How To Treat Patients With Auto-Immune Diseases

Research in China today is focused on targeting the connective tissue that is primarily affected by the auto-immune condition and identify herbal compounds that might be able to interfere with the malfunctioning by correcting it. This approach might not be what we consider the TCM pattern differentiation, nor it is establishing root cause or branch treatment for our patients. So, for me personally when I look at treating a patient with herbs, I will ask myself a range questions:

  • Could the condition arise in the first place because there is a weakness? Could this be deficiency of Qi, Blood, Essence and would this lead to an easier invasion and establishment of latent pathogens which then disrupt the functions of Qi, Blood, Zang, meridians or individual layers?
  • Is there an overarching genetic weakness which we often associate with the kidney and the essence?
  • And may this situation in combination with diet and lifestyle choices attract autoimmune conditions? Is it necessary to treat the digestive function first?
  • Consequently, if we tonify (Kidney yin or yang) will there be an overall improvement for the patient? And can this improvement help their bodies to combat and correct the malfunctioning?
  • If I clear the latent pathogen first, or harmonise the layers, will the proper functioning be automatically re-established?

Herbs and isolated active components in the research laboratory have shown either anti-inflammatory or immune-regulating functions. But how can such models (in animals or the petri-dish) be applied to a person with a complex condition? As a TCM practitioner, how can we not feel like a traitor by choosing a single herb over a formula when considering that herbal substances were broken into chemical compounds. We look at the whole, not broken-down factors or components, we are gardeners not mechanics. Looking after a garden has to do with establishing conditions that benefit the entire garden whereas mechanics might look at an individual part that needs repairing or replacing. I feel more like a gardener than a mechanic but sometimes I also have strong desire to help my patients feeling better quickly, so I might make a compromise (and choose a herb in my formula that has been researched and the lab and proven to be an effective immune-regulator).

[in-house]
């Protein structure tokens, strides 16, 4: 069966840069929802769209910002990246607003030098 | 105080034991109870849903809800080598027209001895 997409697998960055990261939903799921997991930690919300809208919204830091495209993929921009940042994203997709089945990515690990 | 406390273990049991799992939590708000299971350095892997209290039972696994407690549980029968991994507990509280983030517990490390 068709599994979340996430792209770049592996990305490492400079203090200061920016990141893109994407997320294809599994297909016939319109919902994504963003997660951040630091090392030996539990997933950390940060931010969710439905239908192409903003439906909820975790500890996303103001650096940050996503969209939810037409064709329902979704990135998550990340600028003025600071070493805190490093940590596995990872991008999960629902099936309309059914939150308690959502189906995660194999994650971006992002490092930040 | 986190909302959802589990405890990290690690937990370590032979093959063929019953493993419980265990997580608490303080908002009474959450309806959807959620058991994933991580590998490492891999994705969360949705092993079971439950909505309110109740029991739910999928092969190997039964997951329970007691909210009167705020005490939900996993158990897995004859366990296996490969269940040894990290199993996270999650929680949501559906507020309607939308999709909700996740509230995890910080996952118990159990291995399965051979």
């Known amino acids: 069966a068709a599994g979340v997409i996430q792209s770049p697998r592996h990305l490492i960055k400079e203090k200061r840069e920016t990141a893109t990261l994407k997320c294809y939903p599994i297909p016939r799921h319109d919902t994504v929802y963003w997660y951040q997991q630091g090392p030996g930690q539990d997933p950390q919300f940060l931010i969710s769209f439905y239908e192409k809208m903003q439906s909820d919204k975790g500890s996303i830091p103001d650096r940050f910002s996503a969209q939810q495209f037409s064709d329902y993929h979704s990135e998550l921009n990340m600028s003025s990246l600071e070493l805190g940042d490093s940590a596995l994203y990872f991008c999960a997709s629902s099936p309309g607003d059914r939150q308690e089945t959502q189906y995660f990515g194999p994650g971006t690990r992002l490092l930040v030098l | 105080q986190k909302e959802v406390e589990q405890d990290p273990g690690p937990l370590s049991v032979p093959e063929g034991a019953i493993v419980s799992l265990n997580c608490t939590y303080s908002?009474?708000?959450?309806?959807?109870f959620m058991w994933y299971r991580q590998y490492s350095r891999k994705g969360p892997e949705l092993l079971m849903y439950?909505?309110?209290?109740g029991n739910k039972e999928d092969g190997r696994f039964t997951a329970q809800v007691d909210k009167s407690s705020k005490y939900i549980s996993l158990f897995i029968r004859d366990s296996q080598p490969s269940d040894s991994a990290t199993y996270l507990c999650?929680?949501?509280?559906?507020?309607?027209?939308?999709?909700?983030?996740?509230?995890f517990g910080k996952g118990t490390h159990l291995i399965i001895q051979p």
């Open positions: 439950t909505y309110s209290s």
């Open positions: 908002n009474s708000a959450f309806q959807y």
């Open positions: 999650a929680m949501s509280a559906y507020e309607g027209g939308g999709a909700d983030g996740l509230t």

RA could have existed for a long as bi-syndromes because the Neijing Suwen indicated that wind, cold or dampness may cause painful obstruction. A bi-syndrome is painful obstruction caused by external invasion. Here is compilation of a complete compilation of painful obstruction formulas. We are lucky if we can establish that our patient suffers from a bi-syndrome because many formulas have been recognised to handle it.

Lingdan Pian, Zhen Wu Tang and Sheng Ling Bai Zhu San for SLE

Those formulas were used in clinical trials in China as adjunct to steroid therapies. They were given for at least three months. Not all herbal ingredients were disclosed for Lingdan Pian but the main substances are Qing Hao (Artemisiae Annuae Herba), Mu Dan Pi (Moutan Cortex), Qin Jiao (Gentianae Macrophyllae Radix), Gui Ban (Testudinis Plastrum), Shui Niu Jiao (Bubali Cornu), Sheng Di Huang (Rehmanniae Radix), Gan Cao (Glycyrrhizae Radix) and Xuan Shen (Scrophulariae Radix). It doesn’t appear that pattern differentiation was applied, and consequently, the same formula was administered to everyone. Zhen Wu Tang (Fu Zi –Aconiti Lateralis Praeparata Radix, Bai Zhu – Atractylodis Macrocephalae Rhizoma, Fu Ling –Poriae, Bai Shao – Paeoniae Albae Radix, and Sheng Jiang – Zingiberis Recens Rhizoma) was used in another trial.